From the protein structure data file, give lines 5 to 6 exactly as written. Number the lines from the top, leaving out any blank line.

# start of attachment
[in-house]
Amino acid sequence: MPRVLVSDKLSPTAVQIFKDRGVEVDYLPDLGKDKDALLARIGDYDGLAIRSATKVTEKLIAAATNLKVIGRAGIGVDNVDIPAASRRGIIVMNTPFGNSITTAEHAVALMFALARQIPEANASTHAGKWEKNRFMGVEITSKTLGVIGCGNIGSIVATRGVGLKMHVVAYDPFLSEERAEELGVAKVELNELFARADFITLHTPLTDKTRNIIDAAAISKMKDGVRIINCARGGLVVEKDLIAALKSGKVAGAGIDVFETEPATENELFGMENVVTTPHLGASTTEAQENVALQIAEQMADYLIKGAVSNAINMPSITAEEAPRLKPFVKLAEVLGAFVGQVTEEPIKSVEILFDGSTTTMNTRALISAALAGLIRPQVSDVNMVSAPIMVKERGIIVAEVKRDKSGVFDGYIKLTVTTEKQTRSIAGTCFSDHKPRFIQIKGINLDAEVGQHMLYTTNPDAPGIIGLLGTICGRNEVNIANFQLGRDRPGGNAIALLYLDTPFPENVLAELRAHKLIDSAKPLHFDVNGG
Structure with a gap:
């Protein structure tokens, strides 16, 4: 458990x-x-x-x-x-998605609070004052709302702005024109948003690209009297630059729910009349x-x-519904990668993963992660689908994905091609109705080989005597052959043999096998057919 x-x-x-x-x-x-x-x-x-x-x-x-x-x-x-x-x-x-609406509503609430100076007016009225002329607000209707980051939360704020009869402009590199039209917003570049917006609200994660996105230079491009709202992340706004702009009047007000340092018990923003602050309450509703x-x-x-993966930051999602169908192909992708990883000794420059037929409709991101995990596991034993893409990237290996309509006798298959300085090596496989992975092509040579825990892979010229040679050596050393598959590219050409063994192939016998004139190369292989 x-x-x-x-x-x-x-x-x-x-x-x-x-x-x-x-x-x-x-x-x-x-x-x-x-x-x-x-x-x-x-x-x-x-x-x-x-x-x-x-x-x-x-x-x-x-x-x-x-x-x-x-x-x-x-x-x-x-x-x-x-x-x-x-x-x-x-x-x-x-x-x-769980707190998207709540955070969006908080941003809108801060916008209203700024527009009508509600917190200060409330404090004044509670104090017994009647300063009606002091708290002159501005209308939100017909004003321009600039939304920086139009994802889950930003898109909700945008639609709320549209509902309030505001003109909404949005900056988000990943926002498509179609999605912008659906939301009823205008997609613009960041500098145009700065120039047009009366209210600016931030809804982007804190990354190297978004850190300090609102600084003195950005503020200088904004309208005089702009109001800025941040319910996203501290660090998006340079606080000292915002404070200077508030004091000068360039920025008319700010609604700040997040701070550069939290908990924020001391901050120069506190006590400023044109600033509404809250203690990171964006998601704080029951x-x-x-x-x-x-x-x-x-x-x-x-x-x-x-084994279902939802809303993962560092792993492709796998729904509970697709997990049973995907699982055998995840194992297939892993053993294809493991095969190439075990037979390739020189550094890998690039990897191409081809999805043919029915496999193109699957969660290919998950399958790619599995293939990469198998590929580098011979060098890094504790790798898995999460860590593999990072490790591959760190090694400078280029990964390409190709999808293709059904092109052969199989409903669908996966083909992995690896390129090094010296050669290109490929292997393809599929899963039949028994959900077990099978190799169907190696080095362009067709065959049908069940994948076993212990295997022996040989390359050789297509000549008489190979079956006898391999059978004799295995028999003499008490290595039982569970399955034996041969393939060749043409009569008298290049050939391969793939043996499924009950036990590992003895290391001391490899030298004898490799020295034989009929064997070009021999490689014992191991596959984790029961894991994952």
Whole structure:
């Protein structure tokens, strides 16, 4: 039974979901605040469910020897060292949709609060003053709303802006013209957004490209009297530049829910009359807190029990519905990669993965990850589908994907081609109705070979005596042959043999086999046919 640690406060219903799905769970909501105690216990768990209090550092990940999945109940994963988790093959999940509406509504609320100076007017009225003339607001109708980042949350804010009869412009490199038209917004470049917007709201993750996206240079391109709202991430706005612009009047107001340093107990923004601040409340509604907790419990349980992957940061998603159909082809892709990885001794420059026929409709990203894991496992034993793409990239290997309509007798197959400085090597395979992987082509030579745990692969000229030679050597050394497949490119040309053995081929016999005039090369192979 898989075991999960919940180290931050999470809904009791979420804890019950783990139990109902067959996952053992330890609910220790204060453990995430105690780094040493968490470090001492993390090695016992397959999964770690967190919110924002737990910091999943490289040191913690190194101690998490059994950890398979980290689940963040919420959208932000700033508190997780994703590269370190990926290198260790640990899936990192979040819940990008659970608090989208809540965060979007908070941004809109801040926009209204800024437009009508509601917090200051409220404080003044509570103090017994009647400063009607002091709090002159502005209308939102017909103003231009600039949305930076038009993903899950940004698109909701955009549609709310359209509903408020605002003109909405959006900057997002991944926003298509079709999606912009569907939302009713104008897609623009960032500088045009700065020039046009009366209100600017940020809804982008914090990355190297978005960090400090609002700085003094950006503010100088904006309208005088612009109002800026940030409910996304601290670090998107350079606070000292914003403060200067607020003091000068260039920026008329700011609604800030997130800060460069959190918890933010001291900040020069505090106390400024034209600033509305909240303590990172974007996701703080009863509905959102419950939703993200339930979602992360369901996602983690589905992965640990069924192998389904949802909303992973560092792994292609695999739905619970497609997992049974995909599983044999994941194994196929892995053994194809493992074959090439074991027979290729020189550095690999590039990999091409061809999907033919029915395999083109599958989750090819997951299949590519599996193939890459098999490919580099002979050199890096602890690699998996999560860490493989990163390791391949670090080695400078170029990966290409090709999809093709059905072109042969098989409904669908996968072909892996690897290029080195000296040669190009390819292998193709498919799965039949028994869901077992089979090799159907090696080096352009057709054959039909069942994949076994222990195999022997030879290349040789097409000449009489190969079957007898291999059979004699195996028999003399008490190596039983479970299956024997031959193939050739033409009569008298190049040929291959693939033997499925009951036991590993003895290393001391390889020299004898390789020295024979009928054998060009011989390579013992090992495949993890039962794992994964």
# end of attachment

Whole structure:
């Protein structure tokens, strides 16, 4: 039974979901605040469910020897060292949709609060003053709303802006013209957004490209009297530049829910009359807190029990519905990669993965990850589908994907081609109705070979005596042959043999086999046919 640690406060219903799905769970909501105690216990768990209090550092990940999945109940994963988790093959999940509406509504609320100076007017009225003339607001109708980042949350804010009869412009490199038209917004470049917007709201993750996206240079391109709202991430706005612009009047107001340093107990923004601040409340509604907790419990349980992957940061998603159909082809892709990885001794420059026929409709990203894991496992034993793409990239290997309509007798197959400085090597395979992987082509030579745990692969000229030679050597050394497949490119040309053995081929016999005039090369192979 898989075991999960919940180290931050999470809904009791979420804890019950783990139990109902067959996952053992330890609910220790204060453990995430105690780094040493968490470090001492993390090695016992397959999964770690967190919110924002737990910091999943490289040191913690190194101690998490059994950890398979980290689940963040919420959208932000700033508190997780994703590269370190990926290198260790640990899936990192979040819940990008659970608090989208809540965060979007908070941004809109801040926009209204800024437009009508509601917090200051409220404080003044509570103090017994009647400063009607002091709090002159502005209308939102017909103003231009600039949305930076038009993903899950940004698109909701955009549609709310359209509903408020605002003109909405959006900057997002991944926003298509079709999606912009569907939302009713104008897609623009960032500088045009700065020039046009009366209100600017940020809804982008914090990355190297978005960090400090609002700085003094950006503010100088904006309208005088612009109002800026940030409910996304601290670090998107350079606070000292914003403060200067607020003091000068260039920026008329700011609604800030997130800060460069959190918890933010001291900040020069505090106390400024034209600033509305909240303590990172974007996701703080009863509905959102419950939703993200339930979602992360369901996602983690589905992965640990069924192998389904949802909303992973560092792994292609695999739905619970497609997992049974995909599983044999994941194994196929892995053994194809493992074959090439074991027979290729020189550095690999590039990999091409061809999907033919029915395999083109599958989750090819997951299949590519599996193939890459098999490919580099002979050199890096602890690699998996999560860490493989990163390791391949670090080695400078170029990966290409090709999809093709059905072109042969098989409904669908996968072909892996690897290029080195000296040669190009390819292998193709498919799965039949028994869901077992089979090799159907090696080096352009057709054959039909069942994949076994222990195999022997030879290349040789097409000449009489190969079957007898291999059979004699195996028999003399008490190596039983479970299956024997031959193939050739033409009569008298190049040929291959693939033997499925009951036991590993003895290393001391390889020299004898390789020295024979009928054998060009011989390579013992090992495949993890039962794992994964």